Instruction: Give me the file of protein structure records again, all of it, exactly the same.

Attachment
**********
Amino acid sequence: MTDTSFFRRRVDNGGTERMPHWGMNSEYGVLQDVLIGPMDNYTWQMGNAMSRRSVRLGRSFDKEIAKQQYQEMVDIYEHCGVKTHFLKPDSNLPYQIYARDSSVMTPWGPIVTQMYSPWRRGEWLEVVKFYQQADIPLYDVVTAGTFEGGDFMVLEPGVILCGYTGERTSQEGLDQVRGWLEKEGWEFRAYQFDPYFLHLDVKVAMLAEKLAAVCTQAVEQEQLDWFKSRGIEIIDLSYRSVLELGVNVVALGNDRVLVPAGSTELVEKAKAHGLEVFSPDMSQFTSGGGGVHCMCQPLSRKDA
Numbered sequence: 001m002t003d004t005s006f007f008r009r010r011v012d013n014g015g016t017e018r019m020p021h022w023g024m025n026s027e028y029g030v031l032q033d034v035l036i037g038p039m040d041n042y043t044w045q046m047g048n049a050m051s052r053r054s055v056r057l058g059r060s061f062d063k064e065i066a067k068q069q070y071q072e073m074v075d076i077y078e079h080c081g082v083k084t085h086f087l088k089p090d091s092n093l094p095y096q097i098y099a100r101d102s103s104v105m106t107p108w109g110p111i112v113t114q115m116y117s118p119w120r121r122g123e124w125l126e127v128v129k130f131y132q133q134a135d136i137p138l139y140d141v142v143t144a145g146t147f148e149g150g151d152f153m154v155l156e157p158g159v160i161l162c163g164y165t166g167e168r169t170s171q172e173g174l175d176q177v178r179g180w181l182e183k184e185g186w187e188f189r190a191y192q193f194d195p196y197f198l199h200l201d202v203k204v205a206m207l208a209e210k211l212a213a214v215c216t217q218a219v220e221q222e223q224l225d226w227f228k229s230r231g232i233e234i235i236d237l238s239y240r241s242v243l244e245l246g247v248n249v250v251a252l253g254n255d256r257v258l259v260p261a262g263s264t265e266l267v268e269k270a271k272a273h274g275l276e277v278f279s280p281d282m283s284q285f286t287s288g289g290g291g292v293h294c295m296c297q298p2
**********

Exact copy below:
Amino acid sequence: MTDTSFFRRRVDNGGTERMPHWGMNSEYGVLQDVLIGPMDNYTWQMGNAMSRRSVRLGRSFDKEIAKQQYQEMVDIYEHCGVKTHFLKPDSNLPYQIYARDSSVMTPWGPIVTQMYSPWRRGEWLEVVKFYQQADIPLYDVVTAGTFEGGDFMVLEPGVILCGYTGERTSQEGLDQVRGWLEKEGWEFRAYQFDPYFLHLDVKVAMLAEKLAAVCTQAVEQEQLDWFKSRGIEIIDLSYRSVLELGVNVVALGNDRVLVPAGSTELVEKAKAHGLEVFSPDMSQFTSGGGGVHCMCQPLSRKDA
Numbered sequence: 001m002t003d004t005s006f007f008r009r010r011v012d013n014g015g016t017e018r019m020p021h022w023g024m025n026s027e028y029g030v031l032q033d034v035l036i037g038p039m040d041n042y043t044w045q046m047g048n049a050m051s052r053r054s055v056r057l058g059r060s061f062d063k064e065i066a067k068q069q070y071q072e073m074v075d076i077y078e079h080c081g082v083k084t085h086f087l088k089p090d091s092n093l094p095y096q097i098y099a100r101d102s103s104v105m106t107p108w109g110p111i112v113t114q115m116y117s118p119w120r121r122g123e124w125l126e127v128v129k130f131y132q133q134a135d136i137p138l139y140d141v142v143t144a145g146t147f148e149g150g151d152f153m154v155l156e157p158g159v160i161l162c163g164y165t166g167e168r169t170s171q172e173g174l175d176q177v178r179g180w181l182e183k184e185g186w187e188f189r190a191y192q193f194d195p196y197f198l199h200l201d202v203k204v205a206m207l208a209e210k211l212a213a214v215c216t217q218a219v220e221q222e223q224l225d226w227f228k229s230r231g232i233e234i235i236d237l238s239y240r241s242v243l244e245l246g247v248n249v250v251a252l253g254n255d256r257v258l259v260p261a262g263s264t265e266l267v268e269k270a271k272a273h274g275l276e277v278f279s280p281d282m283s284q285f286t287s288g289g290g291g292v293h294c295m296c297q298p2